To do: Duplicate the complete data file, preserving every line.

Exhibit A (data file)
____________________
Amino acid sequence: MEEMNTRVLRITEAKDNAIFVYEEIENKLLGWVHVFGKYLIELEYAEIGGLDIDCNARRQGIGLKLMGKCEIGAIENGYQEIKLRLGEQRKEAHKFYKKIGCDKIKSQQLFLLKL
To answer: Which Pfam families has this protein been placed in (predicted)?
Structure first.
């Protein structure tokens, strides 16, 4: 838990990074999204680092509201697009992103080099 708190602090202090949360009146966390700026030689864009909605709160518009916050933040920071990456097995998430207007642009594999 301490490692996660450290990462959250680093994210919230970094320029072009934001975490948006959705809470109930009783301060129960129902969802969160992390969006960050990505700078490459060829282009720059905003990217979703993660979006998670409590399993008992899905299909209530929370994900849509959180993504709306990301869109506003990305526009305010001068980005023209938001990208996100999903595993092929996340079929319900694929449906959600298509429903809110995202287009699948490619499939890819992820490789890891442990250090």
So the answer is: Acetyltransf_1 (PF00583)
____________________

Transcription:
Amino acid sequence: MEEMNTRVLRITEAKDNAIFVYEEIENKLLGWVHVFGKYLIELEYAEIGGLDIDCNARRQGIGLKLMGKCEIGAIENGYQEIKLRLGEQRKEAHKFYKKIGCDKIKSQQLFLLKL
To answer: Which Pfam families has this protein been placed in (predicted)?
Structure first.
């Protein structure tokens, strides 16, 4: 838990990074999204680092509201697009992103080099 708190602090202090949360009146966390700026030689864009909605709160518009916050933040920071990456097995998430207007642009594999 301490490692996660450290990462959250680093994210919230970094320029072009934001975490948006959705809470109930009783301060129960129902969802969160992390969006960050990505700078490459060829282009720059905003990217979703993660979006998670409590399993008992899905299909209530929370994900849509959180993504709306990301869109506003990305526009305010001068980005023209938001990208996100999903595993092929996340079929319900694929449906959600298509429903809110995202287009699948490619499939890819992820490789890891442990250090």
So the answer is: Acetyltransf_1 (PF00583)